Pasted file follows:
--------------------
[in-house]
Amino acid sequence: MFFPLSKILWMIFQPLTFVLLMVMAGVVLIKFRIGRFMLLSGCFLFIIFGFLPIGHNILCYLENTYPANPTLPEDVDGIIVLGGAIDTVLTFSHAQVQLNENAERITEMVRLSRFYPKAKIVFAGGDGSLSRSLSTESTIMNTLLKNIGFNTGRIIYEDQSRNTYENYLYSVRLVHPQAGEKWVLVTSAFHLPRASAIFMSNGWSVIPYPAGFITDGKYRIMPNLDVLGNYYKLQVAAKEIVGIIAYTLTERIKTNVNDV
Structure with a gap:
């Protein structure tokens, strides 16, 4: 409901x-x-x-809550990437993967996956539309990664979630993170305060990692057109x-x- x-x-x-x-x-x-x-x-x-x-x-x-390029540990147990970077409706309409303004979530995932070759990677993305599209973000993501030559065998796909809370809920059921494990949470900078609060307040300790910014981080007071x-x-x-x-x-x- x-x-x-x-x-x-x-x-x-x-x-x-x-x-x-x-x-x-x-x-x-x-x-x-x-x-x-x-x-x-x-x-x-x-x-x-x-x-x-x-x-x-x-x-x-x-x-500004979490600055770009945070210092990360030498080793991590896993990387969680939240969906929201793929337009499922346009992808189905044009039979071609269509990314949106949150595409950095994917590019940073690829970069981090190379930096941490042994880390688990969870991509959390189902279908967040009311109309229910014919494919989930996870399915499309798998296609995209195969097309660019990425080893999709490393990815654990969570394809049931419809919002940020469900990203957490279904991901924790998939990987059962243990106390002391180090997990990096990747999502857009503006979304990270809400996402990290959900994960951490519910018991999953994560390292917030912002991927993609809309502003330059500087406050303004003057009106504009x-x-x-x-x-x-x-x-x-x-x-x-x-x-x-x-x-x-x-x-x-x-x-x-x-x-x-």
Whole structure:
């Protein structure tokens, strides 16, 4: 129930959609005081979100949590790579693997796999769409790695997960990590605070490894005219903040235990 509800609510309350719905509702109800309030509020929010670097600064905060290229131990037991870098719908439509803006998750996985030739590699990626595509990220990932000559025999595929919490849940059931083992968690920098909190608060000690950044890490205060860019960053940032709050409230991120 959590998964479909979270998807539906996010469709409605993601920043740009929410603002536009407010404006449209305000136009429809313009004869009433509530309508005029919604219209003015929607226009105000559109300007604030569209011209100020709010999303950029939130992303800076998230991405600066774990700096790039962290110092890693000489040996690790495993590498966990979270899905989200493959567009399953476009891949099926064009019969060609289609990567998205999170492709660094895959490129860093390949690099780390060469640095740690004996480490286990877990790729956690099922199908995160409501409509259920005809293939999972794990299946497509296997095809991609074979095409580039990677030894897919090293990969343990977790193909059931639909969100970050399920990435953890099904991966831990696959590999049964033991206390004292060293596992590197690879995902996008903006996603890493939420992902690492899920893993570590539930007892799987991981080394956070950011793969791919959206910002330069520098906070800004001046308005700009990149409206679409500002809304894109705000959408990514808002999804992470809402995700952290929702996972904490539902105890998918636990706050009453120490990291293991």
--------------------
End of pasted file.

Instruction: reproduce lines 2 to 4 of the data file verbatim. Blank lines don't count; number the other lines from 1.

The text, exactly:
Amino acid sequence: MFFPLSKILWMIFQPLTFVLLMVMAGVVLIKFRIGRFMLLSGCFLFIIFGFLPIGHNILCYLENTYPANPTLPEDVDGIIVLGGAIDTVLTFSHAQVQLNENAERITEMVRLSRFYPKAKIVFAGGDGSLSRSLSTESTIMNTLLKNIGFNTGRIIYEDQSRNTYENYLYSVRLVHPQAGEKWVLVTSAFHLPRASAIFMSNGWSVIPYPAGFITDGKYRIMPNLDVLGNYYKLQVAAKEIVGIIAYTLTERIKTNVNDV
Structure with a gap:
């Protein structure tokens, strides 16, 4: 409901x-x-x-809550990437993967996956539309990664979630993170305060990692057109x-x- x-x-x-x-x-x-x-x-x-x-x-x-390029540990147990970077409706309409303004979530995932070759990677993305599209973000993501030559065998796909809370809920059921494990949470900078609060307040300790910014981080007071x-x-x-x-x-x- x-x-x-x-x-x-x-x-x-x-x-x-x-x-x-x-x-x-x-x-x-x-x-x-x-x-x-x-x-x-x-x-x-x-x-x-x-x-x-x-x-x-x-x-x-x-x-500004979490600055770009945070210092990360030498080793991590896993990387969680939240969906929201793929337009499922346009992808189905044009039979071609269509990314949106949150595409950095994917590019940073690829970069981090190379930096941490042994880390688990969870991509959390189902279908967040009311109309229910014919494919989930996870399915499309798998296609995209195969097309660019990425080893999709490393990815654990969570394809049931419809919002940020469900990203957490279904991901924790998939990987059962243990106390002391180090997990990096990747999502857009503006979304990270809400996402990290959900994960951490519910018991999953994560390292917030912002991927993609809309502003330059500087406050303004003057009106504009x-x-x-x-x-x-x-x-x-x-x-x-x-x-x-x-x-x-x-x-x-x-x-x-x-x-x-």